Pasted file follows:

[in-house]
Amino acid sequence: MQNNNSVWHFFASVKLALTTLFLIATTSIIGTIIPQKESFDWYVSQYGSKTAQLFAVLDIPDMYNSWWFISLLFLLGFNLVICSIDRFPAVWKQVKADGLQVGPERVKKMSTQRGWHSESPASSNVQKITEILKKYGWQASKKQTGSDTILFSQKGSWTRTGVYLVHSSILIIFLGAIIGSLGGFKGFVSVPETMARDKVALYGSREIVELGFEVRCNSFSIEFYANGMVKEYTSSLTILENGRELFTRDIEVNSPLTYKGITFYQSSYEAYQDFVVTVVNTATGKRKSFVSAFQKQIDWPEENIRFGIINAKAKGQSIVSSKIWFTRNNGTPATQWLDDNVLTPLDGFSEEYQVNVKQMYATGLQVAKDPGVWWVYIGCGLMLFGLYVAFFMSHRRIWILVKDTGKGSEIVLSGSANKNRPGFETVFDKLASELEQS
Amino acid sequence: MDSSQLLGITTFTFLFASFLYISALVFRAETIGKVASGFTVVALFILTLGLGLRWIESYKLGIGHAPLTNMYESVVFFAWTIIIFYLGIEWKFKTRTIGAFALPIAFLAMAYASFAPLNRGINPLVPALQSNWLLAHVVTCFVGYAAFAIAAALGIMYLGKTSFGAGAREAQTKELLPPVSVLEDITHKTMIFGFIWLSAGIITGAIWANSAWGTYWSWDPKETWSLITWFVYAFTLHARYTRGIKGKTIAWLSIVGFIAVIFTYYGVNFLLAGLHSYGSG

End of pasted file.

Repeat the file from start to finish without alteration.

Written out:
[in-house]
Amino acid sequence: MQNNNSVWHFFASVKLALTTLFLIATTSIIGTIIPQKESFDWYVSQYGSKTAQLFAVLDIPDMYNSWWFISLLFLLGFNLVICSIDRFPAVWKQVKADGLQVGPERVKKMSTQRGWHSESPASSNVQKITEILKKYGWQASKKQTGSDTILFSQKGSWTRTGVYLVHSSILIIFLGAIIGSLGGFKGFVSVPETMARDKVALYGSREIVELGFEVRCNSFSIEFYANGMVKEYTSSLTILENGRELFTRDIEVNSPLTYKGITFYQSSYEAYQDFVVTVVNTATGKRKSFVSAFQKQIDWPEENIRFGIINAKAKGQSIVSSKIWFTRNNGTPATQWLDDNVLTPLDGFSEEYQVNVKQMYATGLQVAKDPGVWWVYIGCGLMLFGLYVAFFMSHRRIWILVKDTGKGSEIVLSGSANKNRPGFETVFDKLASELEQS
Amino acid sequence: MDSSQLLGITTFTFLFASFLYISALVFRAETIGKVASGFTVVALFILTLGLGLRWIESYKLGIGHAPLTNMYESVVFFAWTIIIFYLGIEWKFKTRTIGAFALPIAFLAMAYASFAPLNRGINPLVPALQSNWLLAHVVTCFVGYAAFAIAAALGIMYLGKTSFGAGAREAQTKELLPPVSVLEDITHKTMIFGFIWLSAGIITGAIWANSAWGTYWSWDPKETWSLITWFVYAFTLHARYTRGIKGKTIAWLSIVGFIAVIFTYYGVNFLLAGLHSYGSG